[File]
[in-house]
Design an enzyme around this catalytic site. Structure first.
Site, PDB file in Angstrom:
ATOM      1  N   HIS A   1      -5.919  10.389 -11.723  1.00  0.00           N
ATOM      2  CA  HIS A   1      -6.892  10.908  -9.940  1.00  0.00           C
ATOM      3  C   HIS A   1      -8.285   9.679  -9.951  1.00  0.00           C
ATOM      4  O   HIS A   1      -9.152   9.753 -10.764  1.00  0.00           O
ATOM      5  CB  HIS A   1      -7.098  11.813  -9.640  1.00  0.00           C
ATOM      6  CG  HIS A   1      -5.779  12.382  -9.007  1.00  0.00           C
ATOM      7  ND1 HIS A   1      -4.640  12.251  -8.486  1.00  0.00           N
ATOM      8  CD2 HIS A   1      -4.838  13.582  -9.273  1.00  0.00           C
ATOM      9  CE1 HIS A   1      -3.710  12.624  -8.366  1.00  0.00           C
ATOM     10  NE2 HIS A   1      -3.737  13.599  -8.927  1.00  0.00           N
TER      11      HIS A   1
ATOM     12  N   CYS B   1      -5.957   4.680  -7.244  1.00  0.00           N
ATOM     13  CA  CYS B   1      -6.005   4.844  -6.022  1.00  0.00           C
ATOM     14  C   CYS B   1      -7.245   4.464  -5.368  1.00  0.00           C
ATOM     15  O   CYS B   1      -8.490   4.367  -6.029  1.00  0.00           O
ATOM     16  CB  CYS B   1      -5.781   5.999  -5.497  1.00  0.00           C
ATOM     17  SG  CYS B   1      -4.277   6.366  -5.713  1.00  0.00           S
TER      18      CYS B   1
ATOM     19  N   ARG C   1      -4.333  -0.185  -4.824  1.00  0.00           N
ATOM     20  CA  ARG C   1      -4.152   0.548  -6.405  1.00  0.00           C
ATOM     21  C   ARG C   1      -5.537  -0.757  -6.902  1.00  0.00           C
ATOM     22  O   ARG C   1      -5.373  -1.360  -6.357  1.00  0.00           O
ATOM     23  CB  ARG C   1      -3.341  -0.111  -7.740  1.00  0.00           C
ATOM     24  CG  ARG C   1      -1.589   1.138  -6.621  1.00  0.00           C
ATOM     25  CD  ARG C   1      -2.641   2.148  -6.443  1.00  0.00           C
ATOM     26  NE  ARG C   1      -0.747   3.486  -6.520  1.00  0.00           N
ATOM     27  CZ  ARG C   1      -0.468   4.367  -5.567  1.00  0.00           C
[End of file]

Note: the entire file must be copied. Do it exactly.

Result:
[in-house]
Design an enzyme around this catalytic site. Structure first.
Site, PDB file in Angstrom:
ATOM      1  N   HIS A   1      -5.919  10.389 -11.723  1.00  0.00           N
ATOM      2  CA  HIS A   1      -6.892  10.908  -9.940  1.00  0.00           C
ATOM      3  C   HIS A   1      -8.285   9.679  -9.951  1.00  0.00           C
ATOM      4  O   HIS A   1      -9.152   9.753 -10.764  1.00  0.00           O
ATOM      5  CB  HIS A   1      -7.098  11.813  -9.640  1.00  0.00           C
ATOM      6  CG  HIS A   1      -5.779  12.382  -9.007  1.00  0.00           C
ATOM      7  ND1 HIS A   1      -4.640  12.251  -8.486  1.00  0.00           N
ATOM      8  CD2 HIS A   1      -4.838  13.582  -9.273  1.00  0.00           C
ATOM      9  CE1 HIS A   1      -3.710  12.624  -8.366  1.00  0.00           C
ATOM     10  NE2 HIS A   1      -3.737  13.599  -8.927  1.00  0.00           N
TER      11      HIS A   1
ATOM     12  N   CYS B   1      -5.957   4.680  -7.244  1.00  0.00           N
ATOM     13  CA  CYS B   1      -6.005   4.844  -6.022  1.00  0.00           C
ATOM     14  C   CYS B   1      -7.245   4.464  -5.368  1.00  0.00           C
ATOM     15  O   CYS B   1      -8.490   4.367  -6.029  1.00  0.00           O
ATOM     16  CB  CYS B   1      -5.781   5.999  -5.497  1.00  0.00           C
ATOM     17  SG  CYS B   1      -4.277   6.366  -5.713  1.00  0.00           S
TER      18      CYS B   1
ATOM     19  N   ARG C   1      -4.333  -0.185  -4.824  1.00  0.00           N
ATOM     20  CA  ARG C   1      -4.152   0.548  -6.405  1.00  0.00           C
ATOM     21  C   ARG C   1      -5.537  -0.757  -6.902  1.00  0.00           C
ATOM     22  O   ARG C   1      -5.373  -1.360  -6.357  1.00  0.00           O
ATOM     23  CB  ARG C   1      -3.341  -0.111  -7.740  1.00  0.00           C
ATOM     24  CG  ARG C   1      -1.589   1.138  -6.621  1.00  0.00           C
ATOM     25  CD  ARG C   1      -2.641   2.148  -6.443  1.00  0.00           C
ATOM     26  NE  ARG C   1      -0.747   3.486  -6.520  1.00  0.00           N
ATOM     27  CZ  ARG C   1      -0.468   4.367  -5.567  1.00  0.00           C